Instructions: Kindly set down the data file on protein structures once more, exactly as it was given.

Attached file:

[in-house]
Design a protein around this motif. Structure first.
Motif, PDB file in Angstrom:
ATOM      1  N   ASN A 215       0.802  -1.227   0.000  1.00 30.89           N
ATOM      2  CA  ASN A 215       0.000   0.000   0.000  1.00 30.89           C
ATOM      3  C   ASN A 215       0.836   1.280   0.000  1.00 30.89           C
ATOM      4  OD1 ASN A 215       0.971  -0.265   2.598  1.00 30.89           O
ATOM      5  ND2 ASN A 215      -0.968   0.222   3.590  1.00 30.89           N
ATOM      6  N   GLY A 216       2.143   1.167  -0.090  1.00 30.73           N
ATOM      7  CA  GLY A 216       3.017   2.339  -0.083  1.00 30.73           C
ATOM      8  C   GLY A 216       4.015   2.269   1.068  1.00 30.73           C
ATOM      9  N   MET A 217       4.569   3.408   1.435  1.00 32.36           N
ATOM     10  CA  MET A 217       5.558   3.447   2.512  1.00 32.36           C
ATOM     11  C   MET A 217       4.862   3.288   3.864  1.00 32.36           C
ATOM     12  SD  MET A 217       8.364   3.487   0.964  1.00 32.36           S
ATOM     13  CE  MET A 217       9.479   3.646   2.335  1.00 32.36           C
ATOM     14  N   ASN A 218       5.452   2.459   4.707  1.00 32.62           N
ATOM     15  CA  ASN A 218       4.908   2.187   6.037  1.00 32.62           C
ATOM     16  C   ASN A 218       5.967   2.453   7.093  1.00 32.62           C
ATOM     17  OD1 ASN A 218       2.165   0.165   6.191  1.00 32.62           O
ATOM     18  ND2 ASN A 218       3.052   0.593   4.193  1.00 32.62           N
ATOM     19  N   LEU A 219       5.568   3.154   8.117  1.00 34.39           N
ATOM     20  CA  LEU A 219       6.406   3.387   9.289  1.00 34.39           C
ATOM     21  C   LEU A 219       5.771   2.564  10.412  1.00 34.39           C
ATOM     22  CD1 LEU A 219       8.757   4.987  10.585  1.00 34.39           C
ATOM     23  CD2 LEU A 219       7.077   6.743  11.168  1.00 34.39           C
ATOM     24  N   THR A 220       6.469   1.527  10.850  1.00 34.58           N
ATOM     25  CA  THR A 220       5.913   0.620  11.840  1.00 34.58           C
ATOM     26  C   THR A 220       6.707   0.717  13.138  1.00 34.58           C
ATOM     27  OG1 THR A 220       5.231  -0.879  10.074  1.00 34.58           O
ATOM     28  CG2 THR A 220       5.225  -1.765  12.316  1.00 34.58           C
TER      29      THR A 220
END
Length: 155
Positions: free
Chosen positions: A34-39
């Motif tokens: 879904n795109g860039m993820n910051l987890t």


[in-house]
Design a protein around this motif. Structure first.
Motif, PDB file in Angstrom:
ATOM      1  N   ASN A 215       0.802  -1.227   0.000  1.00 30.89           N
ATOM      2  CA  ASN A 215       0.000   0.000   0.000  1.00 30.89           C
ATOM      3  C   ASN A 215       0.836   1.280   0.000  1.00 30.89           C
ATOM      4  OD1 ASN A 215       0.971  -0.265   2.598  1.00 30.89           O
ATOM      5  ND2 ASN A 215      -0.968   0.222   3.590  1.00 30.89           N
ATOM      6  N   GLY A 216       2.143   1.167  -0.090  1.00 30.73           N
ATOM      7  CA  GLY A 216       3.017   2.339  -0.083  1.00 30.73           C
ATOM      8  C   GLY A 216       4.015   2.269   1.068  1.00 30.73           C
ATOM      9  N   MET A 217       4.569   3.408   1.435  1.00 32.36           N
ATOM     10  CA  MET A 217       5.558   3.447   2.512  1.00 32.36           C
ATOM     11  C   MET A 217       4.862   3.288   3.864  1.00 32.36           C
ATOM     12  SD  MET A 217       8.364   3.487   0.964  1.00 32.36           S
ATOM     13  CE  MET A 217       9.479   3.646   2.335  1.00 32.36           C
ATOM     14  N   ASN A 218       5.452   2.459   4.707  1.00 32.62           N
ATOM     15  CA  ASN A 218       4.908   2.187   6.037  1.00 32.62           C
ATOM     16  C   ASN A 218       5.967   2.453   7.093  1.00 32.62           C
ATOM     17  OD1 ASN A 218       2.165   0.165   6.191  1.00 32.62           O
ATOM     18  ND2 ASN A 218       3.052   0.593   4.193  1.00 32.62           N
ATOM     19  N   LEU A 219       5.568   3.154   8.117  1.00 34.39           N
ATOM     20  CA  LEU A 219       6.406   3.387   9.289  1.00 34.39           C
ATOM     21  C   LEU A 219       5.771   2.564  10.412  1.00 34.39           C
ATOM     22  CD1 LEU A 219       8.757   4.987  10.585  1.00 34.39           C
ATOM     23  CD2 LEU A 219       7.077   6.743  11.168  1.00 34.39           C
ATOM     24  N   THR A 220       6.469   1.527  10.850  1.00 34.58           N
ATOM     25  CA  THR A 220       5.913   0.620  11.840  1.00 34.58           C
ATOM     26  C   THR A 220       6.707   0.717  13.138  1.00 34.58           C
ATOM     27  OG1 THR A 220       5.231  -0.879  10.074  1.00 34.58           O
ATOM     28  CG2 THR A 220       5.225  -1.765  12.316  1.00 34.58           C
TER      29      THR A 220
END
Length: 155
Positions: free
Chosen positions: A34-39
């Motif tokens: 879904n795109g860039m993820n910051l987890t």